By February, I am longing for some beauty when I look out of the window. It’s the worst month of the year here in the Midwest, with its dead and bleak outdoors. So, now’s the time I start dreaming of the flower beds and containers for the coming year. This year I plan to focus on cascading Begonias for my shade pots, window boxes, and hanging baskets, and there are several excellent choices.
Cascading begonias are derived from several different species and begonia groups, but all of them have one thing in common, cascading habits and beautiful flowers. The tender plants have succulent foliage and thrive if given regular water, well-drained soil, and season-long fertilization. Here are those that I plan to grow at my own home this year.
Angel-wing begonias have both beautiful leaves and flowers. The leaf size depends on the variety, but all of them have a telltale wing shape. They are hybrids of the Brazilian begonia (Begonia aconitifolia) and the Lucerna scarlet begonia (B. coccinea ‘Lucerna’), which were first bred by Eva Kenworthy Gray in 1926. The progeny and descendants have since been called angel wing begonias. Many hundreds of varieties exist today. (Click here for a full account of angel wing begonia history.)
Angel wings are cane-type begonias, which means that they develop tough, almost bamboo-like stems called canes (click here to learn more about cane begonias). Their pretty wing-shaped leaves may be green, bronze, silver, or deep rose, and some are marked with lighted dots or stripes. The flowers appear in clusters over the leaves and come in shades of white, pink, orange, or red. Standard angel wing begonias can become quite tall (4 feet or more), without pruning, and are best reserved for large containers. To prune, cut back any tall or leggy stems at a leaf node.
The new variety called ‘My Special Angel‘ looks especially promising with its pink flower clusters and bold, beautifully speckled leaves. ‘Whimsy‘ is similar but has darker speckled leaves. Expect both to reach between 1 to 3 feet without pruning. Another exceptional variety is the bold, large-leaved, salmon-flowered ‘Snow Cap‘, whose leaves are olive-green and speckled heavily with silver.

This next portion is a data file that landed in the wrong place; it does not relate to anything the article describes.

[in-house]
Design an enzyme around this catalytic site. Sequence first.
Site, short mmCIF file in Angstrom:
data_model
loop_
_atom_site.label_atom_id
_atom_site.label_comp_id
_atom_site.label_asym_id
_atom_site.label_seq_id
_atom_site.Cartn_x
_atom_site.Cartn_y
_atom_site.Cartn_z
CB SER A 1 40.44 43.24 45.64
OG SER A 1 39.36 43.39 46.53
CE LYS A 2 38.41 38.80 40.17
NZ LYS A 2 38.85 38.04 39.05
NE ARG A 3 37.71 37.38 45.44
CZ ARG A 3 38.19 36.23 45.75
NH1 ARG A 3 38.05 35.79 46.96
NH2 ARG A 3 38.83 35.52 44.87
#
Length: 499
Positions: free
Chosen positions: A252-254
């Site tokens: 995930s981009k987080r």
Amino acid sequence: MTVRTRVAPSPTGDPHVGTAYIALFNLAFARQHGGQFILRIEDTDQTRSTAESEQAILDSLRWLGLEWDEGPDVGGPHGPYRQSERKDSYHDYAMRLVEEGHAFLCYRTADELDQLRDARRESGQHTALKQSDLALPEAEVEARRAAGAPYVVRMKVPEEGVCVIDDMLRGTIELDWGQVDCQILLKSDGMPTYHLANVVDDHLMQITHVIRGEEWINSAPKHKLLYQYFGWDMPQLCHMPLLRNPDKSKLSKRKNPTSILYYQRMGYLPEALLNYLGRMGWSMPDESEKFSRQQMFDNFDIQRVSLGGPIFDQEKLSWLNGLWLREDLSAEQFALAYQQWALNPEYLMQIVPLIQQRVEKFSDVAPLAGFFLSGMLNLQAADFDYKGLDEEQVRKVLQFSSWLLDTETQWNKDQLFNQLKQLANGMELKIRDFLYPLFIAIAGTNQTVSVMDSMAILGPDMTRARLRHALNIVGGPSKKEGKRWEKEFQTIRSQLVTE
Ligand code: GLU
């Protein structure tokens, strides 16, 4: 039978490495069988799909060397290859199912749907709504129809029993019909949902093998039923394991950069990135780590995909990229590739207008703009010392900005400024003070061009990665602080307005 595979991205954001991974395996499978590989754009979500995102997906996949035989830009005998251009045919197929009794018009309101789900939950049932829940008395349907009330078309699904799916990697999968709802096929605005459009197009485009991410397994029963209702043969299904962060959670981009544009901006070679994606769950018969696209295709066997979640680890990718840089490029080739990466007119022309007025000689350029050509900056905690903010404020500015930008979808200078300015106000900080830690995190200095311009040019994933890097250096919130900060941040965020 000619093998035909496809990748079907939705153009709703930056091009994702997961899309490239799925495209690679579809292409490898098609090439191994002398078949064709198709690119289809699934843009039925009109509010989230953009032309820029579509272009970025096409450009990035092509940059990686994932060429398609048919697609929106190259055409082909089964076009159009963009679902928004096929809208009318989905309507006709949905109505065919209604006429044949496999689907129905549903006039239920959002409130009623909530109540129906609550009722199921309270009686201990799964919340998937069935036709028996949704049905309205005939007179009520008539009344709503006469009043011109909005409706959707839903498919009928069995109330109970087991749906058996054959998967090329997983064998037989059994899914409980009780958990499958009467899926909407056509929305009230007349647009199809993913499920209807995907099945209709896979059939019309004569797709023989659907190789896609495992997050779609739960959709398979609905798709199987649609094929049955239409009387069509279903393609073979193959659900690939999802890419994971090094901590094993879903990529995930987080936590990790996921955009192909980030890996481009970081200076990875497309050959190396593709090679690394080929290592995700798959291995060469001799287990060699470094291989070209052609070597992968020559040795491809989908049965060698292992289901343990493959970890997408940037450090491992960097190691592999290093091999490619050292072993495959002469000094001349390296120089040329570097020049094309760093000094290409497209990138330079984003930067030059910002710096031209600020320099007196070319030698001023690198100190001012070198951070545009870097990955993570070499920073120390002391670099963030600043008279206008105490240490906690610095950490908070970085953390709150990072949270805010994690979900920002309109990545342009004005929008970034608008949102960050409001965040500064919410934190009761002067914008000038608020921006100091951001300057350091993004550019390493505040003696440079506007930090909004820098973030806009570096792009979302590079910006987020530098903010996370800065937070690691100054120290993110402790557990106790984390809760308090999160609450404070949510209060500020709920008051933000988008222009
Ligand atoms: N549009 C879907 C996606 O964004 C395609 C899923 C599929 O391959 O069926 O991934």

Dragon Wing Begonias
Dragon wing begonias are also cane-types, but they are shorter, more compact, and better for hanging baskets. Most will cascade to 30 inches or less. Their leaves and flowers are equally as showy and diverse but often smaller. I have been wondering what to put in my large shaded baskets, and a dragon wing, such as Proven Winners® Dragon Wing® Red or Dragon Wing® Pink, would be perfect. Each has glossy green leaves and colorful, drooping flower clusters. They will look gorgeous. The plants are self-cleaning and should not require pruning.
Pendulous Tuberous Begonias
My favorite cascading begonias are pendulous begonias (Begonia pendula hybrids). They are best known for large, spectacular, single or double flowers, in many shades of red, rose, pink, yellow, ivory, and apricot, which cascade to 15 inches or more. Most reach 8 to 12 inches high. The double flowers look like roses! The plants are so impressive that I have ordered three this year, so my shade containers are going to be all begonias this year. One of the prettiest is the outstanding Belgian hybrid, ‘Double Apricot’. You can also try the beautiful varieties in the Illumination® Series, which can be grown from seed. (Always start begonia seeds as early as January to get them to planting size by May.) Illumination® White and Orange are especially resplendent.
Pendulous begonias are tuberous, so you can most commonly buy them as easy-to-plant tubers or as plants. Often the plants sold at garden centers are small, so you can put three of them in one large basket or pot.
Hummingbird-pollinated Bolivian begonias (Begonia boliviensis hybrids) have entirely different flowers than most other begonias. Each has five long petals, which form a single elongated flower. The green leaves are narrow and pointed. The stems hang at least 20 inches over the side of the container and can stand 1-3 feet high, depending on the variety. These are most commonly sold as plants, but they may also be purchased as tubers. Santa Cruz® is an exceptional form with orange-red flowers. Several pretty hybrid mixes with many-colored flowers are also available. This is a small taste of the numerous varieties out there.
Begonias do best in shade but will tolerate partial sun–between 2-4 hours per day. As stated above, these begonias may be tuberous or have fibrous roots. Tubers need to be planted root-side down (often with the hollow-side up) and only 1.5 inches deep. If small, pink buds are already emerging from the tubers, take care not to damage them, and plant with them facing upwards. Apply a continuous-release fertilizer at planting time. Begonias like organic-rich soil that is well-drained, such as Black Gold Ultra Coir Potting Soil. Be cautious not to overwater pots because this can lead to tuber or root rot. You can start growing them indoors to give them a head start for planting outside in late spring.
These begonias have gotten me excited about my potted flower garden plans. Now I’m really looking forward to spring!